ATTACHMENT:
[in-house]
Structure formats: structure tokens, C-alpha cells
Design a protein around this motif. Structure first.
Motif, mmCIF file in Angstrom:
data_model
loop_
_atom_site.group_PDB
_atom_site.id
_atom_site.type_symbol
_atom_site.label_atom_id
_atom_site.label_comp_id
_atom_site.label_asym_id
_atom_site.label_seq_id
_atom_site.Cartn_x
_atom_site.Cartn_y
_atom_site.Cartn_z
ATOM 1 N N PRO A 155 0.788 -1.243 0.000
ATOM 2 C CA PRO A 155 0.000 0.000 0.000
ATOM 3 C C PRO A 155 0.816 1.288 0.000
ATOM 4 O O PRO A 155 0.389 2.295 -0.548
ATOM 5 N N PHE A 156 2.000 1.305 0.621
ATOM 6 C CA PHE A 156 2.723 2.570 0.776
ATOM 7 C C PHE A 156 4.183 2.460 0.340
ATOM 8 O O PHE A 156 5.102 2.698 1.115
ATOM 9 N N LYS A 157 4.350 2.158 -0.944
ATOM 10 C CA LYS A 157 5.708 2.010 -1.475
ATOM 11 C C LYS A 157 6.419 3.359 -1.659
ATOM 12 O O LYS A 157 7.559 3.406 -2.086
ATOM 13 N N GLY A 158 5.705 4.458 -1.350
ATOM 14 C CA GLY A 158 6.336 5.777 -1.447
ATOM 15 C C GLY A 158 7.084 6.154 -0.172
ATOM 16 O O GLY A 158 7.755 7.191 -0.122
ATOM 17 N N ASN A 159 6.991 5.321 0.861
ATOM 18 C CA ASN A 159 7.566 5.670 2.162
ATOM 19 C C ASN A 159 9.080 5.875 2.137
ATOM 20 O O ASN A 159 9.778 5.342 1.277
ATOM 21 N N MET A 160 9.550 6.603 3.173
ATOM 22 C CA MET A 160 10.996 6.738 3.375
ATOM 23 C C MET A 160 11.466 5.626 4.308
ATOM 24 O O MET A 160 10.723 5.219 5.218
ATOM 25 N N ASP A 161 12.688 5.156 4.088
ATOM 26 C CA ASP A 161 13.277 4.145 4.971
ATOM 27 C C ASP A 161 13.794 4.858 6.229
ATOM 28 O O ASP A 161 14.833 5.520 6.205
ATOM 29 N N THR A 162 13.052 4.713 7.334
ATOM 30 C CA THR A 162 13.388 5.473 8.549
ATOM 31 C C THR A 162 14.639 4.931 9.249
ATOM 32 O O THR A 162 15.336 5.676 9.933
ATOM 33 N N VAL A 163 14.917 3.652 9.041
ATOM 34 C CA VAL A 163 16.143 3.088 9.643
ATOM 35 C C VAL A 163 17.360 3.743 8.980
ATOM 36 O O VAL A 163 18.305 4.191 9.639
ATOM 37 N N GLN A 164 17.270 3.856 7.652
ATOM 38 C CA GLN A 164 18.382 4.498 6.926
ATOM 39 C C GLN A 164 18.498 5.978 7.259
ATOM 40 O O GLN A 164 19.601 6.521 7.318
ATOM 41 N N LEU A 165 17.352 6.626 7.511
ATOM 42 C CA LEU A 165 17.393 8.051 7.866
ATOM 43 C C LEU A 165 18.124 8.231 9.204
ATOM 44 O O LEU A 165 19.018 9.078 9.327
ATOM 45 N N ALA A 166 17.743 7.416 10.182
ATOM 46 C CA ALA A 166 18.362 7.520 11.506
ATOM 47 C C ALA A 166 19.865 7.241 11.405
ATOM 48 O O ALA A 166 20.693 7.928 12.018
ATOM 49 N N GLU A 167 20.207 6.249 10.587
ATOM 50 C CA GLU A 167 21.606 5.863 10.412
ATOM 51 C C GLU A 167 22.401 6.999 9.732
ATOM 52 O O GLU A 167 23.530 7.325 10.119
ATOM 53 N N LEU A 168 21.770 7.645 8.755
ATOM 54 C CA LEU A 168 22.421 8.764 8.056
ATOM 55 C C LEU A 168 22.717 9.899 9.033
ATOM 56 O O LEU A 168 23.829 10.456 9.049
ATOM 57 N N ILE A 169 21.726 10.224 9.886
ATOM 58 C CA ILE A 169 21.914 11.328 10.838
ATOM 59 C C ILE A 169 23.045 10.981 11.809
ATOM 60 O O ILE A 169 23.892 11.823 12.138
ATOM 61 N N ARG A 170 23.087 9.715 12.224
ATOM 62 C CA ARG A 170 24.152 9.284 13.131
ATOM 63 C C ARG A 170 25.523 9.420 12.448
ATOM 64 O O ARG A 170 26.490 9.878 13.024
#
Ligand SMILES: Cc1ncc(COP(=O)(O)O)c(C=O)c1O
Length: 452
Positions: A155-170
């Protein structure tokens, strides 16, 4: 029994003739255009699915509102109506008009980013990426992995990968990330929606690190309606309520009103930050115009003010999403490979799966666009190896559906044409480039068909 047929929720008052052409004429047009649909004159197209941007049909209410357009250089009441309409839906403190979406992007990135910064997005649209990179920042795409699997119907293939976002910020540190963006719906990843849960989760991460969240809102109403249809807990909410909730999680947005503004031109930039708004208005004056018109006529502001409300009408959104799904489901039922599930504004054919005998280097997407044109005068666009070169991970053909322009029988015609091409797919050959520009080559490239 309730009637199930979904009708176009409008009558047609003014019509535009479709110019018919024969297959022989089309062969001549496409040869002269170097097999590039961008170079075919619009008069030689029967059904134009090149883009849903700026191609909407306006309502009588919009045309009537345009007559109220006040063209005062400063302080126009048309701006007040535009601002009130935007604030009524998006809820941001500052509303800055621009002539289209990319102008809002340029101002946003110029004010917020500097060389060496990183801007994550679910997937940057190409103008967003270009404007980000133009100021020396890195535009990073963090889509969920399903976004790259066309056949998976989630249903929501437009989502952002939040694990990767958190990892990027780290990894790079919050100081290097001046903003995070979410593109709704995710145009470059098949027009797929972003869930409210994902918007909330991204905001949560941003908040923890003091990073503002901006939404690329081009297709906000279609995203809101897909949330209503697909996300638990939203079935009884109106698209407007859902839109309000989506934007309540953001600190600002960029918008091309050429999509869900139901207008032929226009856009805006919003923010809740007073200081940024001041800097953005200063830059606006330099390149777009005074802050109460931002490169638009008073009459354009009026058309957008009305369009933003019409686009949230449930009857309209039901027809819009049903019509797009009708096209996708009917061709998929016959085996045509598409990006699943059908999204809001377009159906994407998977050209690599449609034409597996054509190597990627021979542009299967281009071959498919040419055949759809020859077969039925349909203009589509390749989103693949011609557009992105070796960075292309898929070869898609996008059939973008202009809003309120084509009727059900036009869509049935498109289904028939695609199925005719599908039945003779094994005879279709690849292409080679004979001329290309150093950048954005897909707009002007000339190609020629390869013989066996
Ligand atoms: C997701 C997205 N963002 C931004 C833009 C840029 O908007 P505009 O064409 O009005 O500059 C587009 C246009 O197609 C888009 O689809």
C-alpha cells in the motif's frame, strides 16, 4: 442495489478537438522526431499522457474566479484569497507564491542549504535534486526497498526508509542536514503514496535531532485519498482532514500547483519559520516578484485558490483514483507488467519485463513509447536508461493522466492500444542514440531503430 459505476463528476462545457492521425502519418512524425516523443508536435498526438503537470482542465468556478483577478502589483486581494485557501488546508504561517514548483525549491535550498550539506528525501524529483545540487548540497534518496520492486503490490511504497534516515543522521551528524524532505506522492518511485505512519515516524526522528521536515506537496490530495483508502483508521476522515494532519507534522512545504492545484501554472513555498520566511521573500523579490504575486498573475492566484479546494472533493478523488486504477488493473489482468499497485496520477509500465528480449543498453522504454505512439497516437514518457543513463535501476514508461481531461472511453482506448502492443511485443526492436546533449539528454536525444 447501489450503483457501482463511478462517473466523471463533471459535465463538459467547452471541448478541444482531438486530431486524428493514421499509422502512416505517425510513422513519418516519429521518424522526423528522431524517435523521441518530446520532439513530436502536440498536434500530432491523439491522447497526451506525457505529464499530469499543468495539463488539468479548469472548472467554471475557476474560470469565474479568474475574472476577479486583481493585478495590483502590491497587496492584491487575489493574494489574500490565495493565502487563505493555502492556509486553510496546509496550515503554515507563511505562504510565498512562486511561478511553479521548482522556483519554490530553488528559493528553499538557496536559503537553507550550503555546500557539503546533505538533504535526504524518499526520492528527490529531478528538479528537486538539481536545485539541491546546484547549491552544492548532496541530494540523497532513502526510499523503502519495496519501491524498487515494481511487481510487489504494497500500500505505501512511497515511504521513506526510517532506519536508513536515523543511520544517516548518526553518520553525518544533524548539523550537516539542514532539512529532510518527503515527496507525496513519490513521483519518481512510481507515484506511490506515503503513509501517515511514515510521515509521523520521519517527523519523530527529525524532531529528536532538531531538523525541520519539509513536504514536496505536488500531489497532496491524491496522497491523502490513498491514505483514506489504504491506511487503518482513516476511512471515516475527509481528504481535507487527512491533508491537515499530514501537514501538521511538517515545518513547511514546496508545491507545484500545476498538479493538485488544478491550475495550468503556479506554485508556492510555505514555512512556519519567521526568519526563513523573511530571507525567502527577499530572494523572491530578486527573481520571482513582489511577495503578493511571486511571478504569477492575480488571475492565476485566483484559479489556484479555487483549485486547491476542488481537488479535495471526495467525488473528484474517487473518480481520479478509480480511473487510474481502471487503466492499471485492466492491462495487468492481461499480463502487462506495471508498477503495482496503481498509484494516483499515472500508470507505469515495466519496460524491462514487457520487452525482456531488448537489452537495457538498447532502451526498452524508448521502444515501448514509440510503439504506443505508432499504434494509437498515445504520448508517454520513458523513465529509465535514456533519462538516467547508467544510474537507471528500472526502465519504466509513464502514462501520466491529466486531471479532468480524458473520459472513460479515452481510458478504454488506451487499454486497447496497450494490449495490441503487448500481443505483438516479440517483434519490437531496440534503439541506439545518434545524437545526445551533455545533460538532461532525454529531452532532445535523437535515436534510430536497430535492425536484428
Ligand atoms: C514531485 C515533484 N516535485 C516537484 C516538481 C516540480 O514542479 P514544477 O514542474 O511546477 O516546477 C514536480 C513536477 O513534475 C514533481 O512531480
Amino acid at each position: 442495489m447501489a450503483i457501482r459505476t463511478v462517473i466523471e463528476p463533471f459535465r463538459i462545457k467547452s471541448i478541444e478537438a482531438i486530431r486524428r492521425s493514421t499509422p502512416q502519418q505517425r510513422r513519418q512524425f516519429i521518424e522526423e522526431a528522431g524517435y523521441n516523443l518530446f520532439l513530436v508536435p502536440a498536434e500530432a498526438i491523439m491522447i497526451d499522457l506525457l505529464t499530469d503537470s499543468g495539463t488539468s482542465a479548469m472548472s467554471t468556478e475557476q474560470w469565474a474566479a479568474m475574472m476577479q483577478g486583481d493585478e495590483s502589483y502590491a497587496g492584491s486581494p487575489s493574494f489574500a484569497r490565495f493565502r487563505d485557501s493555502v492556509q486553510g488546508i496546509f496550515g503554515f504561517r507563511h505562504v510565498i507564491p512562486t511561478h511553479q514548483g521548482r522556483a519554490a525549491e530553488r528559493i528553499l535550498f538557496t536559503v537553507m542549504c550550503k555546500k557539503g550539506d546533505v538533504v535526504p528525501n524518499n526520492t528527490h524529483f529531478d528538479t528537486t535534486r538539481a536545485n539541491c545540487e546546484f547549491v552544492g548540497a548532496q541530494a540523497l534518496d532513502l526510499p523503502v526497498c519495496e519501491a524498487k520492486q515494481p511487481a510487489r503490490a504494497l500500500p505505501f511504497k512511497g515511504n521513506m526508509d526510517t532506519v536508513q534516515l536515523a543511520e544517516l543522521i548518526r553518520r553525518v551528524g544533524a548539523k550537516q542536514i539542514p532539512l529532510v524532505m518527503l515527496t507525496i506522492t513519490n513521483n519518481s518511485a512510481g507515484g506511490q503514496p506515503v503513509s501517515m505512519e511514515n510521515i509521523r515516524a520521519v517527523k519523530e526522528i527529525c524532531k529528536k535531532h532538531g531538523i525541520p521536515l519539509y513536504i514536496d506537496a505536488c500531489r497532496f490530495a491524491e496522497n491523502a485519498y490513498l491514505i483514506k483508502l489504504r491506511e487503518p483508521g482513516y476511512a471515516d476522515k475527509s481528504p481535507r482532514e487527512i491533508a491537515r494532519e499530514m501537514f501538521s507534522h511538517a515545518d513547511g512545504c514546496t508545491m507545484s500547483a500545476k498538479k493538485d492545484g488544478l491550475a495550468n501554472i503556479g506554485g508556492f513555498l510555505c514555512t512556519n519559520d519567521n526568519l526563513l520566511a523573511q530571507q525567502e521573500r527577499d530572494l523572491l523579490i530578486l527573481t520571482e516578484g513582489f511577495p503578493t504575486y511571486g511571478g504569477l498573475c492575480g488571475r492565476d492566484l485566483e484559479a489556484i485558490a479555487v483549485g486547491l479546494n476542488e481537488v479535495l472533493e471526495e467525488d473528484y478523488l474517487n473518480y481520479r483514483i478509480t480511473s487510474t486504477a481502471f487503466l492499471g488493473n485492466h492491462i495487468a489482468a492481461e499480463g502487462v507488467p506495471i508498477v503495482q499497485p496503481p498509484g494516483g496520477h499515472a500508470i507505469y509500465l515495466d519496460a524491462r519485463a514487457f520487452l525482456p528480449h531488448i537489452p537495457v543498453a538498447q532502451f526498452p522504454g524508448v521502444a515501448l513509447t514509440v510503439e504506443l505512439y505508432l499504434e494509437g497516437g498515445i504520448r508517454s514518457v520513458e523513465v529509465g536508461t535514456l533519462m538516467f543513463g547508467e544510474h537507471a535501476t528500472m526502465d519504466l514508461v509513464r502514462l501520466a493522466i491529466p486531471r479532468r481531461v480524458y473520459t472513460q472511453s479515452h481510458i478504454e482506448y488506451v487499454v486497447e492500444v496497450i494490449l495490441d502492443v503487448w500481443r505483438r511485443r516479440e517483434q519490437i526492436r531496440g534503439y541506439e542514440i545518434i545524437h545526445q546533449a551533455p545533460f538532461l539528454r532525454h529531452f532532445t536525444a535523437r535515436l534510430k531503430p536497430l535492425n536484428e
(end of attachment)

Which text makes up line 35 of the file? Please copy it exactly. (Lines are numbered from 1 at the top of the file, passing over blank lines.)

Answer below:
ATOM 19 C C ASN A 159 9.080 5.875 2.137